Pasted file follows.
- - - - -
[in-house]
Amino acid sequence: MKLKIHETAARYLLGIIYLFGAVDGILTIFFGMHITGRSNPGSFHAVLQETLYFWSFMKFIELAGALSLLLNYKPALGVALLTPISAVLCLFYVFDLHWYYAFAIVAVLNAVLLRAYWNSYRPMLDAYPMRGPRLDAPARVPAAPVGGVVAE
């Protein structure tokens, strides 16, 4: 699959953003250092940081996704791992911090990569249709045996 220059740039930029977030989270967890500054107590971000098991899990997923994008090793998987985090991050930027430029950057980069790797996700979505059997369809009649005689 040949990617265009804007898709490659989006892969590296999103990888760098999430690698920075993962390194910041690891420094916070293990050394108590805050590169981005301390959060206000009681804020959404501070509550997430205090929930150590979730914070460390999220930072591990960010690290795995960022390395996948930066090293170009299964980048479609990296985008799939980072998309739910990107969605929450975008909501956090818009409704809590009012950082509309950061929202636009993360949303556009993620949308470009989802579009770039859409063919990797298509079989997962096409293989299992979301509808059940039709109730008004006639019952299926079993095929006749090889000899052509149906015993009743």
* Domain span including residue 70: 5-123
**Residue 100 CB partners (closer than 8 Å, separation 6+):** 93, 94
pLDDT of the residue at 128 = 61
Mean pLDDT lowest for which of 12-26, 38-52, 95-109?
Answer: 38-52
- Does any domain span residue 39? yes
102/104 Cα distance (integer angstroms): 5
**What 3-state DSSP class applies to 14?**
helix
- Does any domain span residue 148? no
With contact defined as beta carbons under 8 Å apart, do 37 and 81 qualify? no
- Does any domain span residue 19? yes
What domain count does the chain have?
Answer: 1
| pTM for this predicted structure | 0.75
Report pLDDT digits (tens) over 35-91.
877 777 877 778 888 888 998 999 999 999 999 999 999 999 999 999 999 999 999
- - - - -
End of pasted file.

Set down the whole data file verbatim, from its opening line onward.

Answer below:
[in-house]
Amino acid sequence: MKLKIHETAARYLLGIIYLFGAVDGILTIFFGMHITGRSNPGSFHAVLQETLYFWSFMKFIELAGALSLLLNYKPALGVALLTPISAVLCLFYVFDLHWYYAFAIVAVLNAVLLRAYWNSYRPMLDAYPMRGPRLDAPARVPAAPVGGVVAE
């Protein structure tokens, strides 16, 4: 699959953003250092940081996704791992911090990569249709045996 220059740039930029977030989270967890500054107590971000098991899990997923994008090793998987985090991050930027430029950057980069790797996700979505059997369809009649005689 040949990617265009804007898709490659989006892969590296999103990888760098999430690698920075993962390194910041690891420094916070293990050394108590805050590169981005301390959060206000009681804020959404501070509550997430205090929930150590979730914070460390999220930072591990960010690290795995960022390395996948930066090293170009299964980048479609990296985008799939980072998309739910990107969605929450975008909501956090818009409704809590009012950082509309950061929202636009993360949303556009993620949308470009989802579009770039859409063919990797298509079989997962096409293989299992979301509808059940039709109730008004006639019952299926079993095929006749090889000899052509149906015993009743």
* Domain span including residue 70: 5-123
**Residue 100 CB partners (closer than 8 Å, separation 6+):** 93, 94
pLDDT of the residue at 128 = 61
Mean pLDDT lowest for which of 12-26, 38-52, 95-109?
Answer: 38-52
- Does any domain span residue 39? yes
102/104 Cα distance (integer angstroms): 5
**What 3-state DSSP class applies to 14?**
helix
- Does any domain span residue 148? no
With contact defined as beta carbons under 8 Å apart, do 37 and 81 qualify? no
- Does any domain span residue 19? yes
What domain count does the chain have?
Answer: 1
| pTM for this predicted structure | 0.75
Report pLDDT digits (tens) over 35-91.
877 777 877 778 888 888 998 999 999 999 999 999 999 999 999 999 999 999 999